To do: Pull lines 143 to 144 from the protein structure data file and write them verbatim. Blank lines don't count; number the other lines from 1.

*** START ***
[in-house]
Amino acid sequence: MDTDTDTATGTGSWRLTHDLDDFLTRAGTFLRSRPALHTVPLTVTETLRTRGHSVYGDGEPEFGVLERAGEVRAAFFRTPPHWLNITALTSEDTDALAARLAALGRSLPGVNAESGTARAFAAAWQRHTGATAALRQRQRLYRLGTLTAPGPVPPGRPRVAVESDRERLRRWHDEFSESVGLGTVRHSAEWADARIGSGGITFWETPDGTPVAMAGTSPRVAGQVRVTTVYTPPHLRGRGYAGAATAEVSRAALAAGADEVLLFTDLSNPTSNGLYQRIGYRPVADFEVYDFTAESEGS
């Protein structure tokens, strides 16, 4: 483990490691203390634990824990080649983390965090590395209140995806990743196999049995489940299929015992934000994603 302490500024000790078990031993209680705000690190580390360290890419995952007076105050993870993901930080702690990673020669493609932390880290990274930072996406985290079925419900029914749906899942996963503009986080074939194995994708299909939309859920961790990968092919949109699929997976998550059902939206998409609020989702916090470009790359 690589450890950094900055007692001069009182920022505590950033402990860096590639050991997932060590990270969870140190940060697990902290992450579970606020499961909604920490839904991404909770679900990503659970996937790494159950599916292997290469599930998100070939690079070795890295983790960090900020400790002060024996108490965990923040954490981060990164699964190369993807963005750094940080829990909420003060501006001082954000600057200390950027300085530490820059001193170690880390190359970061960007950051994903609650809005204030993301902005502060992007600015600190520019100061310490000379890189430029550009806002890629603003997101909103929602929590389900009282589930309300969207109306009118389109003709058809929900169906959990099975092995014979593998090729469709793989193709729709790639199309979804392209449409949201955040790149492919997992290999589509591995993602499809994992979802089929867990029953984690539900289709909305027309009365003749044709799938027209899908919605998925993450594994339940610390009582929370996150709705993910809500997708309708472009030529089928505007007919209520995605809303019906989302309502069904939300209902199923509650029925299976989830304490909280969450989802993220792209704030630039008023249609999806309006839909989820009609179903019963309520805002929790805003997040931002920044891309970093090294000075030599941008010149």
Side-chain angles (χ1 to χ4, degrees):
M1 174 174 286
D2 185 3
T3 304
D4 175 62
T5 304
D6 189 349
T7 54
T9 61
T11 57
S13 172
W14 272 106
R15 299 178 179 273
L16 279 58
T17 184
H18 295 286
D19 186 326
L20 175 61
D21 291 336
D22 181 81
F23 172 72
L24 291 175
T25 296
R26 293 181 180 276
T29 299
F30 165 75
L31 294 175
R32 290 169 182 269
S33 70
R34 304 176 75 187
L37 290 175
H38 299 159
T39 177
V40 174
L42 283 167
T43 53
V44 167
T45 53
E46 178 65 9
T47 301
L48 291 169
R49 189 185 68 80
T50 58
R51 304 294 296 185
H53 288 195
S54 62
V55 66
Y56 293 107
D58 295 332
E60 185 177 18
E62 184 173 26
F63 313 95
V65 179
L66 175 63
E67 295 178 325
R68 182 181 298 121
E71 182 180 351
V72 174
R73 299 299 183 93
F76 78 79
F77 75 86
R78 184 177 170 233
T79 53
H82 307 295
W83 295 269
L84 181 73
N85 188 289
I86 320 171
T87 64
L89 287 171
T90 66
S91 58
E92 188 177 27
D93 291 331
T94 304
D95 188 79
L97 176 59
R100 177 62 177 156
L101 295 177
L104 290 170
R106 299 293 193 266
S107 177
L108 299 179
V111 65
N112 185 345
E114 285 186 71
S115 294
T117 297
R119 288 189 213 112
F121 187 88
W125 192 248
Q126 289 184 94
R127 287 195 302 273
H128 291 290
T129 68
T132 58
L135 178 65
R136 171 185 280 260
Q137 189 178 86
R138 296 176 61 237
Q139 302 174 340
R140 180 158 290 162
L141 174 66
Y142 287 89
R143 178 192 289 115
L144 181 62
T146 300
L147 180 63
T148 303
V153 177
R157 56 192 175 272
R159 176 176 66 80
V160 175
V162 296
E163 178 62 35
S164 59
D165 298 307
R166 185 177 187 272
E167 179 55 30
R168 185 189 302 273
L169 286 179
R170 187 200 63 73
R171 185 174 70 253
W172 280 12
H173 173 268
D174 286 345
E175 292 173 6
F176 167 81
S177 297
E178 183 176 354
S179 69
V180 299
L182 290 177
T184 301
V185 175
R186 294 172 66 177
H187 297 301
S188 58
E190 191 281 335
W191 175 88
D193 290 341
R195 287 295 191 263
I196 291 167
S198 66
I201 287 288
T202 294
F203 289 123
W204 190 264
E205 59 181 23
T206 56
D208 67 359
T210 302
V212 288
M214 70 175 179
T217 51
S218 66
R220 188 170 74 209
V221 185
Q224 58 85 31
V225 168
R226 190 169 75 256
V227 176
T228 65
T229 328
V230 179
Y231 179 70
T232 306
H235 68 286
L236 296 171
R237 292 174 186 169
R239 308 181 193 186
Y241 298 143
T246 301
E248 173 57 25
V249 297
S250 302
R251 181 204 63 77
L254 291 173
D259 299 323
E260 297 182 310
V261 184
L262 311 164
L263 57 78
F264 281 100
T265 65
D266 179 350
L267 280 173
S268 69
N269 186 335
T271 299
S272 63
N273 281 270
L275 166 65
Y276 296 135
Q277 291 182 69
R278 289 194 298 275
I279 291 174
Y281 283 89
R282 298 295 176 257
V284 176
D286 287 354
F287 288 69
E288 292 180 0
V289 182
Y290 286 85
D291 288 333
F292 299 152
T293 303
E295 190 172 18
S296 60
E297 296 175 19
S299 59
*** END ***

W191 175 88
D193 290 341